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Best denture cleaner & other useful denture tools

Denture bleach with denture bath

Cleaning your denture is as important as cleaning your teeth. Your teeth also still need to be cleaned, even if you wear a denture. The key points to remember when cleaning a denture are:

  1. Daily physical cleaning (brushing of the denture or using an ultrasonic bath)
  2. Daily soaking in a denture cleaning solution
  3. Do not wear dentures overnight

In the sections below I’ve included what I regard as the best denture cleaning products.

These recommendations are based on my experience as a dentist and feedback I’ve received from patients over the years. I’ve also put together a separate post on how to clean dentures, which includes a video and step-by-step instructions.

Best denture cleaning brush

Wisdom Denture Brush

This denture brush has everything you need from a denture cleaning brush.

The bristles are firm, and the handle is easy to grip. It has two different sized “heads” to be able to clean the large surface areas on dentures, and a smaller one to reach in the nooks and crannies.

It is also one of the most affordable options available.

Best plastic free denture cleaning brush 

Bamboo denture brush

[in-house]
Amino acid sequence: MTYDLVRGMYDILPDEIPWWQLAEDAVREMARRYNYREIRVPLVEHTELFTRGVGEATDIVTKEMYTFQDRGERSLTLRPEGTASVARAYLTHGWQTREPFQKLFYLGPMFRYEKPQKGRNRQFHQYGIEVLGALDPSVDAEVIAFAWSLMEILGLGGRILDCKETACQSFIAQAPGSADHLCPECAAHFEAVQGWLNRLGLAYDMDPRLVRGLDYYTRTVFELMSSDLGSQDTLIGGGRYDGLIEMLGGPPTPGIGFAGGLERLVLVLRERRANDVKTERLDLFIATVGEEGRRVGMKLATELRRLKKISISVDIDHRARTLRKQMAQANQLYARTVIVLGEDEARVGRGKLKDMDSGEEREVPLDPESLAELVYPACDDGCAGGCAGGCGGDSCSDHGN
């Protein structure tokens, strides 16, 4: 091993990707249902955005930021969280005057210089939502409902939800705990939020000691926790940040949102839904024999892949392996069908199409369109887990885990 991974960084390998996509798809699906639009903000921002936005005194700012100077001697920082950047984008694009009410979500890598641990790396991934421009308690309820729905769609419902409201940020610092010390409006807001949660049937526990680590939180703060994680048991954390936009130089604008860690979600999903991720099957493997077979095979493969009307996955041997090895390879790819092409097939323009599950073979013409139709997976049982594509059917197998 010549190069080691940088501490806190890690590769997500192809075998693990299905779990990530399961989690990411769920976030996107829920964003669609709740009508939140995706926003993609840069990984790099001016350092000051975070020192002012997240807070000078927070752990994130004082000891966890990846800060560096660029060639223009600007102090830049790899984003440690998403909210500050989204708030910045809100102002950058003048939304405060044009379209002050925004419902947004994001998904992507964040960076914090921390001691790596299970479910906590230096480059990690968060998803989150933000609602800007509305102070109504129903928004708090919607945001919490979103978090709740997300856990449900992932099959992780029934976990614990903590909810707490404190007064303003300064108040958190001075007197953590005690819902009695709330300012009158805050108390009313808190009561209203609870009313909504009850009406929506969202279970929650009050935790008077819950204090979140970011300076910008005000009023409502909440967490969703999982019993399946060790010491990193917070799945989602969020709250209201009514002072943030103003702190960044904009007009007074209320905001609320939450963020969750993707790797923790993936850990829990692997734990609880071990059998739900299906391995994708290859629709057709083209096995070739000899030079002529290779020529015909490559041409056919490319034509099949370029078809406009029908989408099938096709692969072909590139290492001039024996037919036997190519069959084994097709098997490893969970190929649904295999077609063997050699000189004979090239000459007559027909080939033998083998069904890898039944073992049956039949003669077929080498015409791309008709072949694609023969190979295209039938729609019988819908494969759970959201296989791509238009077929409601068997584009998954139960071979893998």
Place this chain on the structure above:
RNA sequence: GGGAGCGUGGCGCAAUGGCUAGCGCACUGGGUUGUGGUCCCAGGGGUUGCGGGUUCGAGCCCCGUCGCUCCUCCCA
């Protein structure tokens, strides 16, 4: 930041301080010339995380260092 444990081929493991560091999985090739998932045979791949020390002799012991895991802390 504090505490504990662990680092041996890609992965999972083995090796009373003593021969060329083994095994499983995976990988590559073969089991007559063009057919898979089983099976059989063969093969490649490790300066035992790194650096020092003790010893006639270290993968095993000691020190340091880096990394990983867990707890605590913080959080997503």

bamboo denture cleaning brush

£2.49 from Dental Aesthetics*

Whilst no toothbrush is 100% plastic free, there are alternatives to totally plastic brushes if you wish to reduce your plastic use. 

There are very few options available. The best plastic free denture brush I could find is the Bamboo Denture Brush from Dental Aesthetics.

Best denture pot

Wisdom Denture Bath

£2.49 from Wisdom*

*Prices correct at time of writing

Whilst a denture pot is a basic item to buy, there are some differences between them. I have picked this option as it has a removable shelf, so the whole pot can be used for soaking your denture, but the denture is still easy to remove.

Wisdom Denture Bath is one of the cheapest options around, and given there is not much difference between boxes, I would recommend you go with a cheap option like this. There’s another cheap one here from Boots too.

Best denture cleaning paste


£4 From Boots

The best denture cleaning paste should be non-abrasive and affordable.

A paste isn’t strictly necessary if you are soaking your denture.

But if you are looking for a recommendation, this Dentu-Creme is an affordable and safe option.